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Page last updated at 15:16 GMT, Thursday, 18 September 2008 16:16 UK

Flushed out for failing to flush

By Faisal Mohammad Ali
BBC News, Bhopal

Woman outside a modern toilet
In rural India, modern toilets are often a luxury

Officials in the central Indian state of Chhattisgarh are being removed from their elected seats for not constructing flushing toilets.

Bilaspur district administration says it has sacked about 100 members for not building toilets in their homes.

Many people in India do not have access to flush toilets or other latrines.

But under new local laws, representatives are obliged to construct a flush toilet within a year of being elected.

Those who fail to do so face dismissal.

The law making toilets mandatory has been introduced in several Indian states as part of the "sanitation for all" drive by the Indian government.

The programme aims to eradicate the practice of open defecation, which is common in rural and poor areas of India.

Special funds are made available for people to construct toilets to promote hygiene and eradicate the practice of faeces collection - or scavenging - which is mainly carried out by low-caste people.

Officials face court

Officials in Janjgir-Champa and several other districts around the state say they have inspected the homes of local representatives.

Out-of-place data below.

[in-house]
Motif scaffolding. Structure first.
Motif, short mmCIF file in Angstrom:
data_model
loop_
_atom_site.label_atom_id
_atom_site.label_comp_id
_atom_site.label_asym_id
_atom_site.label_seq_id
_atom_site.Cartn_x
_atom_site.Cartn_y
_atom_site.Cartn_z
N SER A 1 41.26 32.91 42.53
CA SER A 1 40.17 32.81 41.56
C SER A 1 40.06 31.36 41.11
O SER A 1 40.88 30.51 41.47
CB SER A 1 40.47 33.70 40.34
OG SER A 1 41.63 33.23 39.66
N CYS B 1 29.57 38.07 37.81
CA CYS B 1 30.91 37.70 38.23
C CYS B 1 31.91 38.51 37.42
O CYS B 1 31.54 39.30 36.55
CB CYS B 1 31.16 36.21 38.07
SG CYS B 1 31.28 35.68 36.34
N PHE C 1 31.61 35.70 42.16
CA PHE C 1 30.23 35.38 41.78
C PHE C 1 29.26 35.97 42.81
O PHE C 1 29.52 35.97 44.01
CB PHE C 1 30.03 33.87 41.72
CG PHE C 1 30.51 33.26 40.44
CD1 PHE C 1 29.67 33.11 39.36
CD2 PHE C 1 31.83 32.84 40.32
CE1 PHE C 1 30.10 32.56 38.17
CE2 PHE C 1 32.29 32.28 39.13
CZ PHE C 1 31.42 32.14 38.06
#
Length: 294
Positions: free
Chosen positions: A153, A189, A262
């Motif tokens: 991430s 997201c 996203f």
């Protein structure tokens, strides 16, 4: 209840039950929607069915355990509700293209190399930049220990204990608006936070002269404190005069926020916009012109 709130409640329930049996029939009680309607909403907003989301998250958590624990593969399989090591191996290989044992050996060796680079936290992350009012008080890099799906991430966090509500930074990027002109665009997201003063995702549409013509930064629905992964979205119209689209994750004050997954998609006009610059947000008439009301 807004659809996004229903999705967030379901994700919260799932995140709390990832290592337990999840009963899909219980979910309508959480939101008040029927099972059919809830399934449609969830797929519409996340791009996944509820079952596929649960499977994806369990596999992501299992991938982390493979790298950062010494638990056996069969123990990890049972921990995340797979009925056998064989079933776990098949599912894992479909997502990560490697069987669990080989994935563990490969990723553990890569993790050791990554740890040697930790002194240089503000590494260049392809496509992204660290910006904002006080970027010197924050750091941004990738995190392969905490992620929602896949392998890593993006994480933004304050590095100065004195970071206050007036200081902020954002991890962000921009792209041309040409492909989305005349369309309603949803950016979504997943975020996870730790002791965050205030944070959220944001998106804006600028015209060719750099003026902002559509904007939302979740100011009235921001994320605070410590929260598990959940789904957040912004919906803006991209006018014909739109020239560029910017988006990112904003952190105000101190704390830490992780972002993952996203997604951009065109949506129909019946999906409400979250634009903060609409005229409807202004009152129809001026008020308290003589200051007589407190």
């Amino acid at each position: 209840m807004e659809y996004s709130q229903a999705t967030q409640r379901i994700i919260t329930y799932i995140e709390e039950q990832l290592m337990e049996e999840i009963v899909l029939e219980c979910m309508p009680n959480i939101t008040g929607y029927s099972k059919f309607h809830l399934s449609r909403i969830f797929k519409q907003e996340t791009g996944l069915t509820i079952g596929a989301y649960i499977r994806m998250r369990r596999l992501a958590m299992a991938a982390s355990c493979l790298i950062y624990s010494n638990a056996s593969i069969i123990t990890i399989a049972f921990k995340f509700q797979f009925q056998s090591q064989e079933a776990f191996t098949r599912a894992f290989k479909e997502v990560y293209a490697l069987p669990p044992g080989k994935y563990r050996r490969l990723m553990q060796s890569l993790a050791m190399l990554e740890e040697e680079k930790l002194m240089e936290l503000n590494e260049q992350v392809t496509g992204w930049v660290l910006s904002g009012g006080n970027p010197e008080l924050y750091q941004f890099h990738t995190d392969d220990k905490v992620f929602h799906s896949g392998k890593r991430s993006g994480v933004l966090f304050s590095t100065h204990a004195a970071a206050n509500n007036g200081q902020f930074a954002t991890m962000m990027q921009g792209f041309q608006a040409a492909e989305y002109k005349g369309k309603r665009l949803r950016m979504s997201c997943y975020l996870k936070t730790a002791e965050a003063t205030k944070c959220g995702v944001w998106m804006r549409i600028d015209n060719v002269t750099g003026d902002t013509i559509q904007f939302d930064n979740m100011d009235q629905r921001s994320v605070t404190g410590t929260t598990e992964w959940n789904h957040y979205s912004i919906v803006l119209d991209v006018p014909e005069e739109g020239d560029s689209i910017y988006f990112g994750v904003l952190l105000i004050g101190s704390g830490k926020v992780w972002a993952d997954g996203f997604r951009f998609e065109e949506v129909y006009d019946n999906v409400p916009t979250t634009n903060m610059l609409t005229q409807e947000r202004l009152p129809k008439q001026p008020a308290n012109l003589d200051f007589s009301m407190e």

Man stands outside his new toilet block

One official said they had asked some members to produce photographs of the "mandatory" toilets. He said those who could not were likely to receive dismissal letters.

Representatives are able to appeal against losing their jobs.

Dhananjay Devangan, who works in a court which has processed several such cases, describes the process as "quasi-judicial".

"Each complaint is heard and disposed off separately," he said.

In some cases, some members have been able to construct toilets during the course of the hearing and have been let off.

But once a member is dismissed, the state election commission has to conduct a by-election to fill the vacant post.

State social welfare Director PP Soti said that the law was not intended to remove or dismiss elected representatives, but to encourage them to be an example to others in society.

Chhattisgarh state claims to have funded flush toilets for more than a million families in recent years.

Officials say the majority of local representatives have already constructed flush toilets in their homes.


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